Social media activities can have a strong impact on assisted sales across other digital marketing channels. In particular, PPC sometimes sees over 50% assisted revenue from this channel from the data we’ve collected.
5. Delivery options and reliability
Shipping and delivery issues are a common fear for international ecommerce businesses when considering expanding to the whole CIS region.
Local and international delivery options face contrasting issues. Local services are relatively cheap, but lack reliability, whereas international delivery services are fast and reliable, but have high costs and often only ship to certain parts of the region.
The only effective solution for full regional coverage is to establish collaborations with both an international (e.g. DHL, Fedex, UPS) and local delivery service (e.g. SPSR, Pony Express, Russian Post, EMS Russian Post).
6. The increasing impact of import tax fluctuations
Import tax is a growing concern for international online retailers. Russia is expected to introduce a 30% import duty tax for all goods with a declared value of €150 or more from international online shops, with a final decision being made by the end of 2014.
This will mark a dramatic shift from the current €1,000 boundary. The Russian Federal Customs Service and the Russian National Association of Distance Selling are claiming that 80% or more of both purchases and buyers will be unaffected due to the Russian average basket value being around €40.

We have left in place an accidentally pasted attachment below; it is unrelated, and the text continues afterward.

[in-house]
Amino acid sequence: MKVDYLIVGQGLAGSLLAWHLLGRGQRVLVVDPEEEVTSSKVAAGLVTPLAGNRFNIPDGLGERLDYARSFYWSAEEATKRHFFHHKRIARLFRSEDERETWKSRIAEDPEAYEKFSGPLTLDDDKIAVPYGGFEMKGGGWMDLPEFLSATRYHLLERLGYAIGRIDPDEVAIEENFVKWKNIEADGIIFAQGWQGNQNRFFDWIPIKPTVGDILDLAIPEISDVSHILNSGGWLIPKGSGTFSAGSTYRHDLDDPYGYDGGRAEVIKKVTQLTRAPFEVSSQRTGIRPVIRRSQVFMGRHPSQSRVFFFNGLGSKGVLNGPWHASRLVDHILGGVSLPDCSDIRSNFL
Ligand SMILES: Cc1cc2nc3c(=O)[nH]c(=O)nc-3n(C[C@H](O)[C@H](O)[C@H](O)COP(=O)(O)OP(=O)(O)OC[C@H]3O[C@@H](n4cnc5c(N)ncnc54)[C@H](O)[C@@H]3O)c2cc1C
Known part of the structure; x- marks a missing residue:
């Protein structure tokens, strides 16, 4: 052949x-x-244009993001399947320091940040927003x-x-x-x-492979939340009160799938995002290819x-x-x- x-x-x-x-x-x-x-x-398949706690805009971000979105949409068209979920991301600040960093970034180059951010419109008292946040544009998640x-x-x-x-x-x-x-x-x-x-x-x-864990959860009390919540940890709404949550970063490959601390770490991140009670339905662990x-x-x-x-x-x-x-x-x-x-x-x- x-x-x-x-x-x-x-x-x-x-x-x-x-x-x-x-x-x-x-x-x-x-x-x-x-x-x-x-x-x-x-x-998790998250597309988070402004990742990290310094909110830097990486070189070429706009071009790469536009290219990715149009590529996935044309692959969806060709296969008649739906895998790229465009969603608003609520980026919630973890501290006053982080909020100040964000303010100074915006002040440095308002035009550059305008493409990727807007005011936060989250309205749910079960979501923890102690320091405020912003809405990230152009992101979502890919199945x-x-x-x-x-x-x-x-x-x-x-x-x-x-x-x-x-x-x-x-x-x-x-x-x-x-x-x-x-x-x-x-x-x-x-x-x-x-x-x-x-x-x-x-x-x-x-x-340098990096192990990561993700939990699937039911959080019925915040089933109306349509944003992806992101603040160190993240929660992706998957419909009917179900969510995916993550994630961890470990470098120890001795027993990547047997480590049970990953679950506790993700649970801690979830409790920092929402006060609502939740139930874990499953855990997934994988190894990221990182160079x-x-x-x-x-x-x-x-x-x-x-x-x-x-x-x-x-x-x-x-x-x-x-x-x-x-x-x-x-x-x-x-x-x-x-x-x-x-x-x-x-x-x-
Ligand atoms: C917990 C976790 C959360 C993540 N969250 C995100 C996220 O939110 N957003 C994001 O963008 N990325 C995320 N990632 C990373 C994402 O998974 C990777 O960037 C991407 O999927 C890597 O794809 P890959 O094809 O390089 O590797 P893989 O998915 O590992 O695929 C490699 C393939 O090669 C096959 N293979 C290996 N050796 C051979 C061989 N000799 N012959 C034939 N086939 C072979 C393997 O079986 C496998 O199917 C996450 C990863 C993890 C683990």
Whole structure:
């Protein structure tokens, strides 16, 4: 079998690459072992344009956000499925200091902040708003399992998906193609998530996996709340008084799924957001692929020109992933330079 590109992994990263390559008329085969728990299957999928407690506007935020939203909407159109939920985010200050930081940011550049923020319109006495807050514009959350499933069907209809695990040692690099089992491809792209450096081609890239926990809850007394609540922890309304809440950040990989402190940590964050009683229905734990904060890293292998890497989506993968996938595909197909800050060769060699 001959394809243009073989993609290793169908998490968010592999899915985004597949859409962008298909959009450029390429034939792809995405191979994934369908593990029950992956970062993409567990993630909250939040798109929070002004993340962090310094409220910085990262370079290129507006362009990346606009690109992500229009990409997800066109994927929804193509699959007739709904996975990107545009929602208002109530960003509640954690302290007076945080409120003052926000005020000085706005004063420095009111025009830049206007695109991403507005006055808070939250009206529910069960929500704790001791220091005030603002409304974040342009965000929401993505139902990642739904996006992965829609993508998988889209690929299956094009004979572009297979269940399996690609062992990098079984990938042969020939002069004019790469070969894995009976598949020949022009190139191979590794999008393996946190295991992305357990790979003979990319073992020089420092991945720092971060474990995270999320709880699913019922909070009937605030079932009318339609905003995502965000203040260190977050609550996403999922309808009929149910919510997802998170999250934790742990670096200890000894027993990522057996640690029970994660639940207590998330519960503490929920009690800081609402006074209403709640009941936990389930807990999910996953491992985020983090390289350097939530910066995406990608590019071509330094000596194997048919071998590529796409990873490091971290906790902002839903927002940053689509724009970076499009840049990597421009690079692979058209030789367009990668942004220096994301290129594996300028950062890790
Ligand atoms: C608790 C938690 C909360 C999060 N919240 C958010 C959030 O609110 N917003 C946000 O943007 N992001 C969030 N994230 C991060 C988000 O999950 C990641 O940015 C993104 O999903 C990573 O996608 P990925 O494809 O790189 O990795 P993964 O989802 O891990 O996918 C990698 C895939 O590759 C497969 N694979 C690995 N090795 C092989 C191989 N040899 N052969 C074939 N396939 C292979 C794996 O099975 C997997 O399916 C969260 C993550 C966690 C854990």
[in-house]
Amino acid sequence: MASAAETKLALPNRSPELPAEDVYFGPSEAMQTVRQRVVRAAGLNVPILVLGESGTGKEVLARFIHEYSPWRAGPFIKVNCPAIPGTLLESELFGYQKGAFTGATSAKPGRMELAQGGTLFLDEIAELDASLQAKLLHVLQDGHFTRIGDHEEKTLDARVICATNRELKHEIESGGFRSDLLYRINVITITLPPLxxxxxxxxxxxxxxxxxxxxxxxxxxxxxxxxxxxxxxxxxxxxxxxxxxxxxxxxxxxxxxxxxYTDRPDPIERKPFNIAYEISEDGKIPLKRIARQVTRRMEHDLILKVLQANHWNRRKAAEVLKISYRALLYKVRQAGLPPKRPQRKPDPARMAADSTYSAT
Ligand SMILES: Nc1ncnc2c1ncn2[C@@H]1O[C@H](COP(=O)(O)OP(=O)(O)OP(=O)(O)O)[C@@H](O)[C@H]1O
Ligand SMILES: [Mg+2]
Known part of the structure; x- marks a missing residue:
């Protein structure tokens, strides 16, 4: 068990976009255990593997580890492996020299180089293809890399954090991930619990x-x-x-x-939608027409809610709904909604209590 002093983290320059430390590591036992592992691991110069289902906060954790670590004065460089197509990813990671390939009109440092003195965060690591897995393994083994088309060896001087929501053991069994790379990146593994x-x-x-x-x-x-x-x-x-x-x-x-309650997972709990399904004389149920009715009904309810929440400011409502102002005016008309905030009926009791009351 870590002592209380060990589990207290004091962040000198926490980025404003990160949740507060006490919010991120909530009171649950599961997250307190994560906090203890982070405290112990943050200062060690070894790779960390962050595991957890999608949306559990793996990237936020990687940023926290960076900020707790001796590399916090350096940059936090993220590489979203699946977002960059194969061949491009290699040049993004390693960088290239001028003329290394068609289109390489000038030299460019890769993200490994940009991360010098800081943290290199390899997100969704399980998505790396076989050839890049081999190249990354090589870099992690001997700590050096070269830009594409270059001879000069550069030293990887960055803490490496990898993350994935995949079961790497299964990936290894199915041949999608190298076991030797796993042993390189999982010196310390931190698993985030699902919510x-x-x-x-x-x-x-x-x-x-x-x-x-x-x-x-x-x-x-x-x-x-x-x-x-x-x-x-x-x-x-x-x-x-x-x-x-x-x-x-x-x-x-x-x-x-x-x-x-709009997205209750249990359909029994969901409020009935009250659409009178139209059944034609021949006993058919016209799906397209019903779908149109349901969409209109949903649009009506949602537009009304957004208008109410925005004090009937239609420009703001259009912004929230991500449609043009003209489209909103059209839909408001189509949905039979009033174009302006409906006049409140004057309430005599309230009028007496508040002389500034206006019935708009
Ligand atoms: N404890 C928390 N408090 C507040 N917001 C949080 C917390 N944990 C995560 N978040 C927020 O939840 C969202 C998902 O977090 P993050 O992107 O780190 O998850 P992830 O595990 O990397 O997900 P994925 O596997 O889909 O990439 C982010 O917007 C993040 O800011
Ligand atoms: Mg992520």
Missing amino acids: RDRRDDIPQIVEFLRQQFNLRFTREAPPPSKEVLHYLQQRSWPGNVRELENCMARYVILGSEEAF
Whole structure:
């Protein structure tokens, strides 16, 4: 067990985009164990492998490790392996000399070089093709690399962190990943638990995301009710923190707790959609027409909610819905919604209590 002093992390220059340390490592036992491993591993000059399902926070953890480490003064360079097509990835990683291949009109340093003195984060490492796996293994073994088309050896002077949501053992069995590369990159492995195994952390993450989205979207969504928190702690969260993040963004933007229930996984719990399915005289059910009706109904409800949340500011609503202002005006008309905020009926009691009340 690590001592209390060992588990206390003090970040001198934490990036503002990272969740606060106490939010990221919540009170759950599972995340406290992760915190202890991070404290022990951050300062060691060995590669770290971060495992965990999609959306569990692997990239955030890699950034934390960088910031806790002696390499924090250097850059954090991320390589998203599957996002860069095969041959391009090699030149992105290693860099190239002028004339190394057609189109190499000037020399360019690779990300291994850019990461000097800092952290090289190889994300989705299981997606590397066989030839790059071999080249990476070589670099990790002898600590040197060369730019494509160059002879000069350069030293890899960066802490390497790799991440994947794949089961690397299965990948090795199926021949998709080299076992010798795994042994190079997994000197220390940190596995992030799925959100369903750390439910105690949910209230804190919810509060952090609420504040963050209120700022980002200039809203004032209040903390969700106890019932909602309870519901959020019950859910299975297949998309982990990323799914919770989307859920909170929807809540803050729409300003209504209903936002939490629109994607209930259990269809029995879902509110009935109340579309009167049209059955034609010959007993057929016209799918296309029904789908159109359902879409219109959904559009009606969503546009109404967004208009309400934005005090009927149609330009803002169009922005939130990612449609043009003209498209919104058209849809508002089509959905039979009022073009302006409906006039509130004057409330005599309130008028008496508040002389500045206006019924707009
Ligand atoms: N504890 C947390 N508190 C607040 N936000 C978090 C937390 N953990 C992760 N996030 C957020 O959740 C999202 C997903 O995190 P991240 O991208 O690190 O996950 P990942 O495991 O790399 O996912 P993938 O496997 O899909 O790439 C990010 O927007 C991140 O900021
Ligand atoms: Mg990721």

The scale of implications for sellers of high value items though is unclear.
There has not been a clarification over whether the €150 level will apply per individual purchase or as a total threshold for all purchases made that month.
One strategy for retailers will be to display all inclusive prices for their products on the site. For luxury brands, even after including the extra 30% on to the final price, the cost will likely still be lower than in local offline stores for the same products.
7. Russian currency devaluation
The Russian Ruble has seen a devaluation of around 20% between August 2013 and August 2014.
This has not impacted Russian consumers’ desire to shop online, with conversions rates remaining unaffected but it has predictably lessened overall purchasing power, with average basket values falling by a comparable amount.
In terms of overall revenue generation however, this is counteracted by the rapid growth of internet penetration and the growing number of connected consumers.
Use of the English language throughout the region remains low, standing at between 6%-8% of the total population.
This requires online retailers to prepare a full localisation strategy for marketing as well as website content.
It is fair to say that the CIS region is not always a top priority for international retailers when expanding internationally, but this is mainly due to a misunderstanding of the challenges and factors that will impact on an expansion strategy.
Even with a devalued Russian Ruble, the scale of the online population and the rapid growth of internet penetration in the region means that the CIS offers huge commercial opportunities for brands or retailers looking to enter these markets.
The similarities in cultural, linguistic and online behaviours also means that well-structured social and search campaigns can prove particularly effective in reaching multiple markets.
For more on this topic, download Econsultancy’s Russian Digital Landscape Report.